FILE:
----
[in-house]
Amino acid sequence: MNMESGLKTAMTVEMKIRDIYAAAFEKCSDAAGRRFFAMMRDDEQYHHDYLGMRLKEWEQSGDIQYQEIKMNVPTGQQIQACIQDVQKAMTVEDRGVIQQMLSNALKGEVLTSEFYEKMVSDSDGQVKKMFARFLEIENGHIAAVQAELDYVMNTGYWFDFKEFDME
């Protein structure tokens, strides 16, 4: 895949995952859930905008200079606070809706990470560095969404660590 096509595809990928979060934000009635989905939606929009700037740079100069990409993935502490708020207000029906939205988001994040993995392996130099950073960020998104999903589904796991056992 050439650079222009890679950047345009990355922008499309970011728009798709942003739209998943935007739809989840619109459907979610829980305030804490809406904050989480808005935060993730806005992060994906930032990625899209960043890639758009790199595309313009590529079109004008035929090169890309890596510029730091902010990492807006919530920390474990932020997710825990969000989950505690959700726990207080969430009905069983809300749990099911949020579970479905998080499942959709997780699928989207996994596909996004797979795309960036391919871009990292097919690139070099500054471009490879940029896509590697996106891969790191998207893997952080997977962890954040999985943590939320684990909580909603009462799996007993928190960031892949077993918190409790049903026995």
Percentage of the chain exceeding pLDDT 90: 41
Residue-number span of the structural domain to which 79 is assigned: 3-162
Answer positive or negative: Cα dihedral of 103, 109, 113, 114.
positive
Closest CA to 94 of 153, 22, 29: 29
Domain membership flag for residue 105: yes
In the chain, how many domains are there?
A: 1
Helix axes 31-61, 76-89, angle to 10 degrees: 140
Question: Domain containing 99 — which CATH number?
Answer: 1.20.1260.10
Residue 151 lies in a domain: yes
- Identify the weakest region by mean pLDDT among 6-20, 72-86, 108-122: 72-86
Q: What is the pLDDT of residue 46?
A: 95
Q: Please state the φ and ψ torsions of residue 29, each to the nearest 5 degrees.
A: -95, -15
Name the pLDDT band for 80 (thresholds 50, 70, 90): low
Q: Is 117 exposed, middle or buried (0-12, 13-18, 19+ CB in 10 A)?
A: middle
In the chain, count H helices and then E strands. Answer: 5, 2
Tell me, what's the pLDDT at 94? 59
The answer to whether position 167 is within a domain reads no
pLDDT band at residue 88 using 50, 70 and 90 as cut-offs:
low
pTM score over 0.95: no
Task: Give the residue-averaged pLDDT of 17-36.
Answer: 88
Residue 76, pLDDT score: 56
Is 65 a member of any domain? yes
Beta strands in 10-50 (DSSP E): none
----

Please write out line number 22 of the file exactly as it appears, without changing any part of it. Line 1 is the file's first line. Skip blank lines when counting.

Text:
Q: Is 117 exposed, middle or buried (0-12, 13-18, 19+ CB in 10 A)?